mis·​de·​mean·​or | \-di-ˈmē-nər \

Definition of misdemeanor 

1 : a crime less serious than a felony (see felony sense 2) defacing school property is a misdemeanor— Jessica Portner

2 : misdeed Student misdemeanors will not go unpunished.

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What is meant by 'crimes and misdemeanors'?

Misdemeanor comes from demeanor, which means “behavior toward others” or “outward manner” (as in “his quiet demeanor”), itself derived from the verb demean, which means “to conduct or behave (oneself) usually in a proper manner”—not to be confused with the other and much more common verb demean that means “to lower in character, status, or reputation” (as in “I won’t demean myself by working for so little money”). These two verbs are spelled the same way but come from different roots.

Therefore, misdemeanor literally means “bad behavior toward others.” This led to parallel usage as both general bad behavior and legal bad behavior. In American law, a misdemeanor is “a crime less serious than a felony.” A felony is defined as “a federal crime for which the punishment may be death or imprisonment for more than a year.” As misdemeanor became more specific, crime became the more general term for any legal offense.

The phrase “high crimes and misdemeanors,” found in Article Two, Section 4 of the Constitution, has been used in English law since the 14th century, as have other fixed phrases using synonymous terms, such as “rules and regulations” and “emoluments and salaries.” It can be very difficult to distinguish between any of these pairs of words, and their frequent use together renders them less technical in today’s highly specific legal vocabulary. “High crimes” are serious crimes committed by those with some office or rank, and was used in the language describing impeachment proceedings of members of the British Parliament in the 18th century.

Examples of misdemeanor in a Sentence

Recent Examples on the Web

Each of the misdemeanor counts carries a maximum sentence of six months in prison. Zolan Kanno- Youngs, WSJ, "Bronx Man Arrested in Vandalism of African Burial Ground Monument in New York City," 20 Nov. 2018 If convicted of two felony and two misdemeanor counts of lying to a peace officer, the 71-year-old Simon faces up to four years in prison. David Eggert, The Seattle Times, "Ex-MSU president charged with lying to police about Nassar," 20 Nov. 2018 Seattle police forwarded it this month to the city attorney’s office for a possible misdemeanor charge. Mike Lindblom, The Seattle Times, "Metro says fatal Westlake Avenue bus-pedestrian crash was preventable, agrees to $7.7M settlement," 26 Oct. 2018 Manasra’s plea agreement included pleading guilty to a misdemeanor charge and two days of imprisonment, a $500 fine, plus a year’s supervised release. Alexandra Mondalek, Vox, "Fake turquoise jewelry is hurting Native Americans economically," 24 Oct. 2018 In Georgia, criminal trespass is a misdemeanor offense. Fox News, "Video from 2011 creates headaches for Sinema," 12 Oct. 2018 In the days before the executive order, Mexicans made up 34 percent of those charged with the misdemeanor offense. Brad Heath, azcentral, "Mexicans a bigger share of border prosecutions since Trump ended family separations," 10 July 2018 The 15-year-old was also charged with obstructing police for running from them while trying to resist arrest, a misdemeanor charge, police said. Megan Jones, Aurora Beacon-News, "Aurora teens charged with breaking into vehicles at Fox Valley Mall," 10 July 2018 Glascock faces an additional misdemeanor charge of domestic battery. Vic Ryckaert, Indianapolis Star, "Court records: Mother, partner used marijuana as incentive for son's behavior," 6 July 2018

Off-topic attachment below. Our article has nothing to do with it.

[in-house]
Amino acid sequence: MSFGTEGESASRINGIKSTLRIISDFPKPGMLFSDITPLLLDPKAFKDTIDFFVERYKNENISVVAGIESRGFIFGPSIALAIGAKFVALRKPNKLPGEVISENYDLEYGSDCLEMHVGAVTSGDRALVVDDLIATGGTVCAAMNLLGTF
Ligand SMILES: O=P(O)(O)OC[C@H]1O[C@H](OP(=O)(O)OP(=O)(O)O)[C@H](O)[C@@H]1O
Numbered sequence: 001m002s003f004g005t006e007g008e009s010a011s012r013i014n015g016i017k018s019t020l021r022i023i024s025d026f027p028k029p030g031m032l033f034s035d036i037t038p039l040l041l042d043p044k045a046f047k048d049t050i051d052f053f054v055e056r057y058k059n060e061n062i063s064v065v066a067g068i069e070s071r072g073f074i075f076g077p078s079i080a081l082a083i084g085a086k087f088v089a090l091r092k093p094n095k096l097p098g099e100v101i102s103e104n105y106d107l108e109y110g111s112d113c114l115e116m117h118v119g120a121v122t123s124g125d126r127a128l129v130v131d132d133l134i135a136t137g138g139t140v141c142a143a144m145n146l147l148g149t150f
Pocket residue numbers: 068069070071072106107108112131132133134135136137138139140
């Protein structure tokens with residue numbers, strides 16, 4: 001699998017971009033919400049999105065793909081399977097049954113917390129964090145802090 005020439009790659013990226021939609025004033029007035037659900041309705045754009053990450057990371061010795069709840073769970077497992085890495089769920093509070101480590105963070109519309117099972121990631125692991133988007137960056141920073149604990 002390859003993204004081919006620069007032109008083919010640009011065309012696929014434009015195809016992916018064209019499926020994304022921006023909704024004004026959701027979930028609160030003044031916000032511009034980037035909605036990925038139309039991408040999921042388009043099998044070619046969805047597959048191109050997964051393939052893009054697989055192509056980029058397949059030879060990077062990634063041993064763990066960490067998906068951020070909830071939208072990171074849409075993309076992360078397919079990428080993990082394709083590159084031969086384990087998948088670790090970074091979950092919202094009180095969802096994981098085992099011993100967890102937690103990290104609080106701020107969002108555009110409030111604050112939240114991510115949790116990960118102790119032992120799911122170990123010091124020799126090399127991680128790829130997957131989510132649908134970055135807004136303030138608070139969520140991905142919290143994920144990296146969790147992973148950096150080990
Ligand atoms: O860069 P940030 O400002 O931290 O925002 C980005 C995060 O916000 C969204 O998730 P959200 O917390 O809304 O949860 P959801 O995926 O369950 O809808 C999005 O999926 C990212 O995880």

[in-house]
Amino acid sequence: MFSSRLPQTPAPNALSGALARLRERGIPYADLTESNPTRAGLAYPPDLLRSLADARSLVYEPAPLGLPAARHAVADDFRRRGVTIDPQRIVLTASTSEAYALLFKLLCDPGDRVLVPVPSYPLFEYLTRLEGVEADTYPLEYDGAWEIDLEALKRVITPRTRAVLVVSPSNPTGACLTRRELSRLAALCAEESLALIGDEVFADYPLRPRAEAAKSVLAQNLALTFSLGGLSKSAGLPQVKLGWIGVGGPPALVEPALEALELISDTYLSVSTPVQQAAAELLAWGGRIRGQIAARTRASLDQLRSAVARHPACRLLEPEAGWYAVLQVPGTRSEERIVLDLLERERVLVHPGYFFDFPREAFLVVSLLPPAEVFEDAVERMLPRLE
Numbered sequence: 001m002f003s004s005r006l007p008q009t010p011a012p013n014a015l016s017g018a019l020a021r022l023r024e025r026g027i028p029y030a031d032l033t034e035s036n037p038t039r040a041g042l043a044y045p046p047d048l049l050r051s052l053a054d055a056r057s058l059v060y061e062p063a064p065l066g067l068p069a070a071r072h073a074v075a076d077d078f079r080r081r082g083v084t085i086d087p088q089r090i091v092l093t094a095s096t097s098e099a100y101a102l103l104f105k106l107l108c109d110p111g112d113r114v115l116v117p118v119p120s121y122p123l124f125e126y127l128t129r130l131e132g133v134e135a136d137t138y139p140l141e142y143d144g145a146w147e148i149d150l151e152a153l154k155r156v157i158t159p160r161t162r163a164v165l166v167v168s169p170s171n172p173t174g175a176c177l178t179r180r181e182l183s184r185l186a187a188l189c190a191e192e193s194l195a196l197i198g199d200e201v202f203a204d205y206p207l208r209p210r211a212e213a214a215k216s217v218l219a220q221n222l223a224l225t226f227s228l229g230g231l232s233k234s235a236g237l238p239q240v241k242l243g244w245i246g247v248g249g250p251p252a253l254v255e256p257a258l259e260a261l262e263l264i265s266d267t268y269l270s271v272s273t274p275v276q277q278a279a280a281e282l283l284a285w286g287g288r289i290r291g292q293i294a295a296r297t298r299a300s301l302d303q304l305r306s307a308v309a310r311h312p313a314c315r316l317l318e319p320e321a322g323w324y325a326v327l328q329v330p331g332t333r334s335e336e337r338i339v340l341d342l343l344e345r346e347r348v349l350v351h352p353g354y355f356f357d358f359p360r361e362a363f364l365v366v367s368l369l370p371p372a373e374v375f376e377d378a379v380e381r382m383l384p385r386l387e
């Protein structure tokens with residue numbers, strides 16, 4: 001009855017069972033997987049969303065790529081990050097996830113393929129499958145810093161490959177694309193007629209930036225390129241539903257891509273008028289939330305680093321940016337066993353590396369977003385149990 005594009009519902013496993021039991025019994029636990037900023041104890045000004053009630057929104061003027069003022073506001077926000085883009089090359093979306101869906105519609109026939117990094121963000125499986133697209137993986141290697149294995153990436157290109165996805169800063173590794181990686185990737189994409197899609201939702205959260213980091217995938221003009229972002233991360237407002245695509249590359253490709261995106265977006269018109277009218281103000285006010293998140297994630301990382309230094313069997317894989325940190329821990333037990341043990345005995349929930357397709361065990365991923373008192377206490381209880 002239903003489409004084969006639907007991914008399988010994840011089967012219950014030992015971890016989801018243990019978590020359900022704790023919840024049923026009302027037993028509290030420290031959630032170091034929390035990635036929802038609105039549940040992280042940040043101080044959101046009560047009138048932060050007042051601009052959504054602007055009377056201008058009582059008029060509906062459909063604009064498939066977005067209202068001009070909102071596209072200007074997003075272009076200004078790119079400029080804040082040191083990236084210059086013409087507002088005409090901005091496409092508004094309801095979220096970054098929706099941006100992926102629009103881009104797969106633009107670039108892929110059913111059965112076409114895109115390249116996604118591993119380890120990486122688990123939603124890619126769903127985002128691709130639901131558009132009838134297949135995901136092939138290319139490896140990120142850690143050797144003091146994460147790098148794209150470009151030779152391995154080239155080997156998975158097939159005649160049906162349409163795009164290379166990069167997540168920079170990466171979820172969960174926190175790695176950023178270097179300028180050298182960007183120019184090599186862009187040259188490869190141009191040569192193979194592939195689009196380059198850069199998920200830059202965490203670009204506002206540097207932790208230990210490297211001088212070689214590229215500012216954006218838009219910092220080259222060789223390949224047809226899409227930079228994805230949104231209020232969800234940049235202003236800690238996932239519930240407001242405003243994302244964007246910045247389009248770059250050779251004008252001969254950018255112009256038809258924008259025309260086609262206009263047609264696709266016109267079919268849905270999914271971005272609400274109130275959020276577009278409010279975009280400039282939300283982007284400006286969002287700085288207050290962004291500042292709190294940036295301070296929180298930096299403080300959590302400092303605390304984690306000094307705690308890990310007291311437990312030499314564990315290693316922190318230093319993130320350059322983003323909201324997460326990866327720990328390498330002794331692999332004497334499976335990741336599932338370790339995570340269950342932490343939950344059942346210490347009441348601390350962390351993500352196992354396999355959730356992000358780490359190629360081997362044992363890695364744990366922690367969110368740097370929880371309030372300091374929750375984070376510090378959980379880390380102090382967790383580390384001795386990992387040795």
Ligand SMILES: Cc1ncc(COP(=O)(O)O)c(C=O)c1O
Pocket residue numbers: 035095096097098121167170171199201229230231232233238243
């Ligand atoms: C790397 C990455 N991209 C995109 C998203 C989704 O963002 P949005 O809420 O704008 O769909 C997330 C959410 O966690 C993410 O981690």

These example sentences are selected automatically from various online news sources to reflect current usage of the word 'misdemeanor.' Views expressed in the examples do not represent the opinion of Merriam-Webster or its editors. Send us feedback.

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First Known Use of misdemeanor

15th century, in the meaning defined at sense 1

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Last Updated

6 Dec 2018

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The first known use of misdemeanor was in the 15th century

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English Language Learners Definition of misdemeanor

law : a crime that is not very serious : a crime that is less serious than a felony


mis·​de·​mean·​or | \ˌmis-di-ˈmē-nər \

Kids Definition of misdemeanor

1 : a crime less serious than a felony

2 : misdeed


mis·​de·​mean·​or | \ˌmis-di-ˈmē-nər \

Legal Definition of misdemeanor 

: a crime that carries a less severe punishment than a felony specifically : a crime punishable by a fine and by a term of imprisonment not to be served in a penitentiary and not to exceed one year — compare felony

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More from Merriam-Webster on misdemeanor

Rhyming Dictionary: Words that rhyme with misdemeanor

Spanish Central: Translation of misdemeanor

Nglish: Translation of misdemeanor for Spanish Speakers

Britannica English: Translation of misdemeanor for Arabic Speakers

Britannica.com: Encyclopedia article about misdemeanor

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to move with a clumsy heavy tread

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